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Local rancher deals with losing livestock to 'Rogue' wolf pack

A rancher in Prospect says his stress is increasing as the number of livestock he has lost to wolves rises.

Posted: Mar. 28, 2019 3:25 PM
Updated: Mar. 29, 2019 9:16 AM

PROSPECT, Ore. — Ted Birdseye owns 276 acres on the Mil-Mar Ranch in Prospect. Between horses, cattle, and dogs, he oversees almost 100 animals on his property.

Birdseye said that he has lived on the property with his family for four years, and wolf attacks have been on the rise. By now, Birdseye claims that the Rogue Pack has killed almost 10 of his animals — including 2 puppies.

Birdseye has tried multiple non-lethal preventative measure to keep his livestock safe. He's tried wire fencing and red flags surrounding his property. Idaho's Defenders of Wildlife gave him an inflatable "dancing man" to put on his property to scare the wolves away. But he said it didn't work for long. One of his calves was killed on Saturday.


CLICK HERE for the story on how Birdseye's last puppy was reportedly killed by wolves.


"Saturday morning, about 4 in the morning, the dogs started going nuts. So when the dogs start barking, then we go out and start the dancing man every night when we first got him and we got to thinking about how they say the habituation rates are about 45 to 90 days and those animals . . . the wolves will get used to it," said Birdseye. 

Birdseye went to his pasture and marked where the wolves entered and attacked the calve and he laid a tarp on the calf until crews could come investigate.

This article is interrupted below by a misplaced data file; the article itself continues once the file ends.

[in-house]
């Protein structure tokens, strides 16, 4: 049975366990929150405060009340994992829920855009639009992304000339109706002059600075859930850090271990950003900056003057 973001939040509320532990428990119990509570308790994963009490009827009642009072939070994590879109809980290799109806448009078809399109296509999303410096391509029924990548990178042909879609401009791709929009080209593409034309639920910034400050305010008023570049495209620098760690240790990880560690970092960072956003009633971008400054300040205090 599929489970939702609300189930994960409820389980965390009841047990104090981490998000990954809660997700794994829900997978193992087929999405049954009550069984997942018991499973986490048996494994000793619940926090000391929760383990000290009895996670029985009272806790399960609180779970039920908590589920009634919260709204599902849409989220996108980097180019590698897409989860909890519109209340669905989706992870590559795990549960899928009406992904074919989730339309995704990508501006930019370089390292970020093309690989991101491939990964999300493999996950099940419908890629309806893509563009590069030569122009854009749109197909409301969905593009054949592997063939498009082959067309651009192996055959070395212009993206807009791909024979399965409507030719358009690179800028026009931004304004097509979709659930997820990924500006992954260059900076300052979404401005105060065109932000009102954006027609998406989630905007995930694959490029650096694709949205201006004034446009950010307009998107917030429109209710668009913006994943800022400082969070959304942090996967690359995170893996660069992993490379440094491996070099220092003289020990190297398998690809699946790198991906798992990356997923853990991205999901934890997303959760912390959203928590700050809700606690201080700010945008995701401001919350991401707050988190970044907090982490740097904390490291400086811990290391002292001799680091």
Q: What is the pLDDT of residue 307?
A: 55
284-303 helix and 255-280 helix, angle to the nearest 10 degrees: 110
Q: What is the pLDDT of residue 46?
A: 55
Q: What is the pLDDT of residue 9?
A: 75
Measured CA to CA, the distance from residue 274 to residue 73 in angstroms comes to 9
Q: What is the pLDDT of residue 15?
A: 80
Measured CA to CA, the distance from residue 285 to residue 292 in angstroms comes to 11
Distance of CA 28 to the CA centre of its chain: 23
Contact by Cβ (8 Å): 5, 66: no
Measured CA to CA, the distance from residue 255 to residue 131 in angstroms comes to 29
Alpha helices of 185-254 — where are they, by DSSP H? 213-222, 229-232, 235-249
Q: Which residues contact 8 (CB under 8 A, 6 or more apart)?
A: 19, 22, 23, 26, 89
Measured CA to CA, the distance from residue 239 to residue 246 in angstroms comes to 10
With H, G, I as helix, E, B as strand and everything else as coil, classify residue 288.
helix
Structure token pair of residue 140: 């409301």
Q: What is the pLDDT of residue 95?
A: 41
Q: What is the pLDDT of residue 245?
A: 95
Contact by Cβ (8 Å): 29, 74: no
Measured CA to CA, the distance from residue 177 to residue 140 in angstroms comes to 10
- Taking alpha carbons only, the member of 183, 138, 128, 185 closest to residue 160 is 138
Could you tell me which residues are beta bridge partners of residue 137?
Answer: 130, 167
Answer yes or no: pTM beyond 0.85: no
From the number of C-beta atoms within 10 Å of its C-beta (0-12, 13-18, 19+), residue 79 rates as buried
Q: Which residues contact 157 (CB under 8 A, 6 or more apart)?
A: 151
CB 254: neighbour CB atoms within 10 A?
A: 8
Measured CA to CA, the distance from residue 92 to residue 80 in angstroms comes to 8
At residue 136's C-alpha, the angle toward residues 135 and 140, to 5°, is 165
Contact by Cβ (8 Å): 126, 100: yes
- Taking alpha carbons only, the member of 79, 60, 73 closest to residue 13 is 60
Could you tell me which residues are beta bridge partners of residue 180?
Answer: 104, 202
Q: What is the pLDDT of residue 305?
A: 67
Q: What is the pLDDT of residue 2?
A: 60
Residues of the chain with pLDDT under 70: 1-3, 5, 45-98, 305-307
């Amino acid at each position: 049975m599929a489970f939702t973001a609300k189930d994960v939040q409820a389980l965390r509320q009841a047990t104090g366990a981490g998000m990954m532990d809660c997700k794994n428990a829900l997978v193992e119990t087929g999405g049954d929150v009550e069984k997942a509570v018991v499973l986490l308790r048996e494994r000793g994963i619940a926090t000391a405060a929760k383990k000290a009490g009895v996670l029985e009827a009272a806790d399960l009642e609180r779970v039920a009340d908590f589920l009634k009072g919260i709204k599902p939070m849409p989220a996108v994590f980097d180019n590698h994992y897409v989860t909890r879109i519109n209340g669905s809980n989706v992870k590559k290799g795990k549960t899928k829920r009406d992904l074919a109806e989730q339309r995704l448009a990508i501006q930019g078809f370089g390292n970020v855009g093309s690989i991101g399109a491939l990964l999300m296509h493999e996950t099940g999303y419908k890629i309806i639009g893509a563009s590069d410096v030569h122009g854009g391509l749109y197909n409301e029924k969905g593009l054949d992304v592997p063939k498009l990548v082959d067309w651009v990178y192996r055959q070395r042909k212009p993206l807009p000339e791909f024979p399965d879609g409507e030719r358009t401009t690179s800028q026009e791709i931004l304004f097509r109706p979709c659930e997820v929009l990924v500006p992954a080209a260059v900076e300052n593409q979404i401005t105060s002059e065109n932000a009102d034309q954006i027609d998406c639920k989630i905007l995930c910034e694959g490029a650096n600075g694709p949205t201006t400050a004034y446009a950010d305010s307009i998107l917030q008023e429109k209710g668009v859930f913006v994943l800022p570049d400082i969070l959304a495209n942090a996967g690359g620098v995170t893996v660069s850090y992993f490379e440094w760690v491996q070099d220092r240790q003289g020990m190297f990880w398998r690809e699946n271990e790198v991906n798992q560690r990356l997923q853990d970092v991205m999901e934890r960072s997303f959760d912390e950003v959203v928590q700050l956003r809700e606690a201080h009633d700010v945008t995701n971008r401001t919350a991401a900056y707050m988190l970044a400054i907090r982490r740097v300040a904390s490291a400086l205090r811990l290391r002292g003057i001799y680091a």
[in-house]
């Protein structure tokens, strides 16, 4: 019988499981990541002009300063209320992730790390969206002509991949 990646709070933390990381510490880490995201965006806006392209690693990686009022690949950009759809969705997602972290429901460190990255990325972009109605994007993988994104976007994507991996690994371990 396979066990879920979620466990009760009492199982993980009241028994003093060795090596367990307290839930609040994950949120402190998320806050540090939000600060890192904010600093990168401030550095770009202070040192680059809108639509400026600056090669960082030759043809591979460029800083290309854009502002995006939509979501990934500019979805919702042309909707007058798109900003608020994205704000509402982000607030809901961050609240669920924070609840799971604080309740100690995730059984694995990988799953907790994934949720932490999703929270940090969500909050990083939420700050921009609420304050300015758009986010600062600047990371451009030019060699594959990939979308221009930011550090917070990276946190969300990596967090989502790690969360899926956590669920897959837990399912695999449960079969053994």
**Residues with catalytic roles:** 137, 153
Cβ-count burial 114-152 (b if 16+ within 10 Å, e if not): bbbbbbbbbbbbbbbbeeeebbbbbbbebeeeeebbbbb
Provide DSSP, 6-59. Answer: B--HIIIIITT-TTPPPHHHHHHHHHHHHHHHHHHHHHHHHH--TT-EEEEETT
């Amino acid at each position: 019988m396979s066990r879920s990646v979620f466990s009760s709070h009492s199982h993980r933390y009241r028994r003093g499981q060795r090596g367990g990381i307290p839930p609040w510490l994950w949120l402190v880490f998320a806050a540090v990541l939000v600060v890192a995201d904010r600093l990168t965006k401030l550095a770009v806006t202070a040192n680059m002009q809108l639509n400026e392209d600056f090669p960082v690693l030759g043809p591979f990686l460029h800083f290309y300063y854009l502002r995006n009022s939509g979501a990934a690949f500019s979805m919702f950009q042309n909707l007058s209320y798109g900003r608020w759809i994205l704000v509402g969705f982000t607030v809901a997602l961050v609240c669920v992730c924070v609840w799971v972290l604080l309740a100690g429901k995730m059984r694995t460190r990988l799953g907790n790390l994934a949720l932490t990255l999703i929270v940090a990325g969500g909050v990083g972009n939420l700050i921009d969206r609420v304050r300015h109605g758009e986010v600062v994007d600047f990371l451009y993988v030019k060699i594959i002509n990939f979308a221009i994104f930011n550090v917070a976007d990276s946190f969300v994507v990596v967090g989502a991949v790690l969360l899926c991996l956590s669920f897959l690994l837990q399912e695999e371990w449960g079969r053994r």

"If they're confirmed kills through the Oregon Department of Agriculture, we can get compensation for those animals," says Birdseye.

He says that usually he gets about $1,000 per calf, but Birdseye says there have been several cases where he knows an animal was killed by a wolf but since it couldn't be proved, he never received the money.

"What isn't really taken into consideration, for example, a horse, I believe that figure is also a $1,000, maybe $1,500, but if you've got an animal that is a stallion, that might be worth 10 thousand dollars," Birdseye explains.

Even if the wolf pack on this property doesn't end in a fatally, he says it's still an inconvenience and huge stress in his life. When he sees a wolf, he has to get on his quad, ride out to the pasture and chase it away. This often happens in the middle of the night.

Birdseye says he just wants a long-term solution that will keep his livestock and puppies safe.

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